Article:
Undercover officer takes stand in Bell trial

3 NYC detectives fatally shot Bell in 2006
March 4, 2008 9:13:47 AM PST
One of the crucial questions in the Sean Bell shooting case is did police identify themselves before they fired 50 times at the groom-to-be and two of his friends? At the Sean Bell deadly police shooting trial in Queens, an undercover detective gave testimony Tuesday supporting the three defendants.

On Tuesday, Hipolito Sanchez testified that Bell's friend Joseph Guzman made a clear reference to a gun before the shooting began. But he said he did not witness the actual shooting.

Sanchez said one of the officers had his shield displayed immediately following the shooting but he doesn't remember if the other two had their badges showing.

The three officers are accused of killing the unarmed Bell outside a strip-club in November of 2006, just before he was to be married.

It was day two for Sanchez on the stand. On Monday, he testified he feld uncomfortable about the undercover operation right from the beginning.

Eyewitness News reporter NJ Burkett has been covering the story since the beginning. He has more from Kew Gardens.

"Yo, go get my gun and let's go [expletive] them up."

Those are the words allegedly heard by an undercover a detective moments before the shooting. It was powerful testimony on day six of this shooting trial.

The first undercover detective to take the witness stand, Hispolito Sanchez, testified. He was a member of the plain-clothes team inside the club. Sanchez' testimony is crucial to the defense because it backs up the detectives charged in this case.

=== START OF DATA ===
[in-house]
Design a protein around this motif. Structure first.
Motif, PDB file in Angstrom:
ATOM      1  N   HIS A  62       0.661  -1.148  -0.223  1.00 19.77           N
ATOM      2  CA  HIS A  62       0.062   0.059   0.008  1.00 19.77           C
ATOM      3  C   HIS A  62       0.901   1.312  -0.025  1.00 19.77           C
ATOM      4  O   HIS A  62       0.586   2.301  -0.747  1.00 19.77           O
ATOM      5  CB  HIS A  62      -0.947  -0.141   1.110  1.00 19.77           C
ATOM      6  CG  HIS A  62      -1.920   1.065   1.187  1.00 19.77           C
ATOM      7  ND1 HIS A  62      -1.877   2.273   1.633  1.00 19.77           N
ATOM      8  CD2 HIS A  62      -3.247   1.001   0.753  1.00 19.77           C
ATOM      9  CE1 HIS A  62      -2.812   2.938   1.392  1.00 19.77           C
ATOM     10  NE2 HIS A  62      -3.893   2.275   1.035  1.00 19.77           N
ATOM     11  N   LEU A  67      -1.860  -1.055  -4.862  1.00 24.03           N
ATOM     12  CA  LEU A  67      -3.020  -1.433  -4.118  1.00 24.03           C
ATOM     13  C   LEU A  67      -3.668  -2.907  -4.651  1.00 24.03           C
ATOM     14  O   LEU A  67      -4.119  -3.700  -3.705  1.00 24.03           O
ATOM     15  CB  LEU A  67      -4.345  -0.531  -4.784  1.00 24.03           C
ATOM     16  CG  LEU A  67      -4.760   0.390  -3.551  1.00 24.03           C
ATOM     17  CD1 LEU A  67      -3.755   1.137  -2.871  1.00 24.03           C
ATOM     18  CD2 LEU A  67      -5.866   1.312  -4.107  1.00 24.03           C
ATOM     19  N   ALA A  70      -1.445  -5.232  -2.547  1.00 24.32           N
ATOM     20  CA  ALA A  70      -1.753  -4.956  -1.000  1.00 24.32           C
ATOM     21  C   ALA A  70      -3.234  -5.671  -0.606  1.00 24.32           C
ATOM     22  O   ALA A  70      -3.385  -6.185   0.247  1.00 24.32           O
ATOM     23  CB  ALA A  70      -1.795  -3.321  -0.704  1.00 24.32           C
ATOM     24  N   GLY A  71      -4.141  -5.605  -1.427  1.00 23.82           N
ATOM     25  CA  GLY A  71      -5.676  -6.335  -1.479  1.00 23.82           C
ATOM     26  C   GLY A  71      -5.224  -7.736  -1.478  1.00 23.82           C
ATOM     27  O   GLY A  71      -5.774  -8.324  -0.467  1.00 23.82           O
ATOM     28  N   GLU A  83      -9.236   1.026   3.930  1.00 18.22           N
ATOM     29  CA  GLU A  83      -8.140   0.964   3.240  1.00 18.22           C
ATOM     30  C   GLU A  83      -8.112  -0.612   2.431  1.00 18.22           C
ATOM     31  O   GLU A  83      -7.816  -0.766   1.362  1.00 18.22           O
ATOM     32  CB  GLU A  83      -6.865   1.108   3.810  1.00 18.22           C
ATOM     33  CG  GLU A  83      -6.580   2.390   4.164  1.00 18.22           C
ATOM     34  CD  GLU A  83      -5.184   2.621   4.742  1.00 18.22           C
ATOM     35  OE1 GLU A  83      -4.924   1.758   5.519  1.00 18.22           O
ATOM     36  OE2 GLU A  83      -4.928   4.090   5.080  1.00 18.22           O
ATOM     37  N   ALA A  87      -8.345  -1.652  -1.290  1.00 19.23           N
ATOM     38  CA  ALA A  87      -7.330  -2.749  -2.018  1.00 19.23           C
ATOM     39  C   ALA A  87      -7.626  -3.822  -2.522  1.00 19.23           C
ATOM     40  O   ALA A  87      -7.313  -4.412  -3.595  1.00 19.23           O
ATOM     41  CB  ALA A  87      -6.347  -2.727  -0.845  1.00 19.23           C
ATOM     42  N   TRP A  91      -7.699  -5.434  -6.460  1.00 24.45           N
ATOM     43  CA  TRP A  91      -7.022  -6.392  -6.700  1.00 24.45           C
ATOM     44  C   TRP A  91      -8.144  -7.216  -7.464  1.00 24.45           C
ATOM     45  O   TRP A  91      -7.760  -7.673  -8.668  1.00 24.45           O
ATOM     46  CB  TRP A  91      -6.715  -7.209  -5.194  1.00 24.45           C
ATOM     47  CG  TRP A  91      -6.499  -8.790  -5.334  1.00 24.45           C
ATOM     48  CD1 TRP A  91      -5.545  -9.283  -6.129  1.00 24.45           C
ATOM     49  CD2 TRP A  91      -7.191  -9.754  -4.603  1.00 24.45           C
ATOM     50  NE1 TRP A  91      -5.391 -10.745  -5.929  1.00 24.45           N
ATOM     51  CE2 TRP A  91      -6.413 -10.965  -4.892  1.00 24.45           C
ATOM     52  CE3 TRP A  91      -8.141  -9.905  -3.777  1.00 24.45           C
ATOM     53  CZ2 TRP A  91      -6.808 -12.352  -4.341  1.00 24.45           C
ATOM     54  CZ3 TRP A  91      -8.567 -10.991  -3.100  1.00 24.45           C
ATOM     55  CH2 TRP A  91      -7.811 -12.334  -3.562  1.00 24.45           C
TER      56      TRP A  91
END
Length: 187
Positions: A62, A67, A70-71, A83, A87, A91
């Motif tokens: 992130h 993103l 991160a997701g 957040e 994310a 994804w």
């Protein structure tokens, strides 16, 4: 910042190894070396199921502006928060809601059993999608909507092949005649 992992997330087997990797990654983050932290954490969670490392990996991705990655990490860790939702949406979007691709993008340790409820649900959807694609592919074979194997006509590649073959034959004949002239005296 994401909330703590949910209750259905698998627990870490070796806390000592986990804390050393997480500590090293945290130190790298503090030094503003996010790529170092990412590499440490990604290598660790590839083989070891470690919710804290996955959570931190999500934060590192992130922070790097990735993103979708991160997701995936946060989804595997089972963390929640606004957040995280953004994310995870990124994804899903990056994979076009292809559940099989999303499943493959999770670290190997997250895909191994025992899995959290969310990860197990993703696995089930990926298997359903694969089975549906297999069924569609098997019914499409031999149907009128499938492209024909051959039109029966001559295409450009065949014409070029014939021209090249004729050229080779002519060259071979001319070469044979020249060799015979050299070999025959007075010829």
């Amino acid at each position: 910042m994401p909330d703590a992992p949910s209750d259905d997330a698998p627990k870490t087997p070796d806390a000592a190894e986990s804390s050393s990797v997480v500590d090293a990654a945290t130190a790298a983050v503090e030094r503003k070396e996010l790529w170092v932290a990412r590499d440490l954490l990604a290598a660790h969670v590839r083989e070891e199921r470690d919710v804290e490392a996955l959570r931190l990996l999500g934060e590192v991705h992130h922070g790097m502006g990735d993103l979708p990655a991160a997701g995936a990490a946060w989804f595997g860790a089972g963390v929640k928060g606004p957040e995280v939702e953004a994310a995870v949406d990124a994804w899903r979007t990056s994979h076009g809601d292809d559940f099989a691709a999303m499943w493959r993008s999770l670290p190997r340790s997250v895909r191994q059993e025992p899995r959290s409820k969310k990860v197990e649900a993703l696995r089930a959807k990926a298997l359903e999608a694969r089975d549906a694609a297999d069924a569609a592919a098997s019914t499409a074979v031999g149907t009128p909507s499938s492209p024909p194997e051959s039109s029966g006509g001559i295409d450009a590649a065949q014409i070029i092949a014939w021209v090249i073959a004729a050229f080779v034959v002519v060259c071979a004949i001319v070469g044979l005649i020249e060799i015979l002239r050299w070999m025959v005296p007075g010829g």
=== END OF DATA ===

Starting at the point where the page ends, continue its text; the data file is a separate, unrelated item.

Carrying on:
They have insisted that they opened fire in the mistaken belief that one of the young men had a gun. It was a suspicion based on the observations of undercover officer Gescard Isnora. It was Sanchez who said he heard Bell's friend Joseph Guzman make reference to a gun, leading Isnora to set off after him.

The surviving victims claim the men never identified themselves as police officers. Last week, their own commander said he didn't remember seeing their shields.

Monday, the defense did some damage control, getting two medics to admit that they saw officers on the scene with badges.

"Did you observe officers wearing shields," the defense attorney Jim Culleton asked.

"I did observe officers wearing their shields, yes," the EMS lieutenant responded.

Which officers, the defense did not ask. And the prosecution never followed up.

And then there was freelance cameraman Anthony South, who shot images from the scene. The video shows one of the officers wearing a shield.

"That's my client, Michael Oliver," Culleton said. "Is he wearing a badge?"

"It appears to be a badge," South answered. "Yes."

"I think it's critical that those witnesses did say that the officers did have their shields out and around their neck," said Michael Palladino, of the Detectives Endowment Association.

To be clear, the witnesses never said which officers were wearing shields. As for Sanchez' testimony, it is totally contradicted by several eyewitness accounts of the incident, including the two surviving victims.


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